FOCUS: Russia seeks to slash duty-free limit for orders from foreign e-stores
By Yekaterina Yezhova
MOSCOW, Jun 25 (PRIME) -- The Russian government perseveres in its wish to reduce a duty-free threshold for foreign online orders with plans ranging from reducing it to 100 euros per parcel from the current 1,000 euros per month to a fee charged on each order. Experts say local Internet stores and big electronics sellers with online channels will certainly win at the expense of customers.
“Foreign online stores’ tax burden is 30% lower than that of their local peers, because the latter must pay value-added tax, customs duties and other fees for certificates and the like. It’s impossible to compete in such conditions,” President of the Association of Internet Trade Companies (AITC) Artyom Sokolov told PRIME.
“Terms should be equal for all market participants, like it was done in Europe and in China, for example. Each country tries to protect their firms by enhancing exports and controlling imports.”
At present, Russia does not levy any import duties on household orders from foreign online stores worth up to 1,000 euros with the weight limit of 31 kilograms per month in total. Extra is charged with a 30% duty, but no less than 4 euros per kilogram.
The Customs Code of the Eurasian Economic Union – comprising Russia with neighboring Armenia, Belarus, Kazakhstan, and Kyrgyzstan – says the duty-free threshold will be halved to 500 euros from 2019 and to 200 euros from 2020. Moscow has not made up its mind yet.
The AITC calculated that Russian buyers’ spending at foreign online stores jumped 24% in 2017 to 374.3 billion rubles, or 36% of all online purchases. On the whole, the share of cross-border commerce jumped to 36% in 2017 from 8% in 2010, according to AITC figures.
In monetary terms, online orders from China accounted for 53% of the 2017 cross-border trade, the E.U. for 22% and the U.S. for 12%, which means that an average check from China is small.
On the whole, 61.4% of purchases in foreign online stores were below 22 euros; 22.2% were from 22 euros to 55 euros; and 11.6% were from 50 euros to 150 euros, the AITC said. Anastasia Sosnova, an analyst at investment company Freedom Finance, said that prices of foreign Internet stores are by 15–20% lower than those of Russian peers.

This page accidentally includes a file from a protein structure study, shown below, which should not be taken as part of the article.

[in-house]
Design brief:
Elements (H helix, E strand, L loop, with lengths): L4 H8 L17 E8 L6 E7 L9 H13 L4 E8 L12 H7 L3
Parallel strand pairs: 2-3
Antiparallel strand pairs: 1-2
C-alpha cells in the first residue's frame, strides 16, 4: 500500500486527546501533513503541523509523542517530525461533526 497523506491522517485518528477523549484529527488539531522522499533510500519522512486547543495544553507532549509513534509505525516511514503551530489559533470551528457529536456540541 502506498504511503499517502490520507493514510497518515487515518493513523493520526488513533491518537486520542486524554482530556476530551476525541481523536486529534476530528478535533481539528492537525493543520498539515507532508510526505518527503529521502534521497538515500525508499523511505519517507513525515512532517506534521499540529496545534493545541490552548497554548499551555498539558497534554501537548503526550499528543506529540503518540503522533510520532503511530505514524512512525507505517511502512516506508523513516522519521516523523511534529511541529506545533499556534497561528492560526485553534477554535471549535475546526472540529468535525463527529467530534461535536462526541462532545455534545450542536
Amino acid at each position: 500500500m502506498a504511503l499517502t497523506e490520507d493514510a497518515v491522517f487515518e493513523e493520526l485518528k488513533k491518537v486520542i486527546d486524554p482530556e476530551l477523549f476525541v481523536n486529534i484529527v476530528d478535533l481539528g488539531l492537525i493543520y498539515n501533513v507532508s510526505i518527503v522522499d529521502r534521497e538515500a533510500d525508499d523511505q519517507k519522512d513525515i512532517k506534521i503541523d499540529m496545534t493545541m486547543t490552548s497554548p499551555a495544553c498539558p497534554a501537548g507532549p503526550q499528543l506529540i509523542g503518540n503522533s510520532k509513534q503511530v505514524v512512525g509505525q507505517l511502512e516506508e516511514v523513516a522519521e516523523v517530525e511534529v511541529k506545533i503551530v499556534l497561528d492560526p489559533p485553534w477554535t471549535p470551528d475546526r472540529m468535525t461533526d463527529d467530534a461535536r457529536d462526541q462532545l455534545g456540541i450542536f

The number of parcels from abroad spiked 25% in 2017 to 292 million, and 91% of them came from China, 3% from the E.U. and 2% from the U.S., the association said.
The AITC head Sokolov said, “Chinese sellers won’t reject the Russian market regardless of the conditions.”
The government has not made a final decision yet, but suggestions are abundant. Mass media reported that the finance and digital development ministries offer to decrease the duty-free threshold to 500 euros per month from January 1, 2019 and to 100 euros per parcel with no monthly restrictions from July 1, 2019.
The Federal Customs Service was rumored to have offered the idea of charging a duty on every purchase in a foreign online store from 2020 with a combined duty rate, which could improve competitiveness of the national e-commerce and bring the country’s budget 25 billion rubles per year.
“It’s almost guaranteed that expenses on administration of such a duty will make budget revenue much more modest than the mentioned figures and could even ignite a rise in illegal traffic,” said Karen Kazaryan, a chief analyst at the Russian Association for Electronic Communications (RAEC).
“The Russian Internet trade is already competitive. National companies dominate the market. Sellers with a serious share in offline, like (electronics seller) M.Video, will enjoy most advantages.”
Not all see the point in charging a duty on cheap purchases. Sosnova at Freedom Finance said that the minimum threshold for duties should be high, because, as research proves, expenses on processing import fees are usually large, and taxes should at least cover such spending. “So, the imposition of duties on small purchases does not make sense,” she said.
A slash of the duty-free threshold will give an easy win to national Internet stores, both large and small. “But the future belongs to large players,” Sosnova told PRIME.
Investment company UralSib Capital said in a research note, “A zero duty-free threshold for Internet purchases should support competitiveness of Russian online retailers, which could be hit, among others, by an expected increase of value-added tax (to 20% from 18%).”
“The zero threshold could be also good for traditional market players, like (children’s goods seller) Detsky Mir or M.Video, which actively raise the share of their online sales.”
As to the consumer, the analysts said clients would have to pay.
(63.2396 rubles – U.S. $1)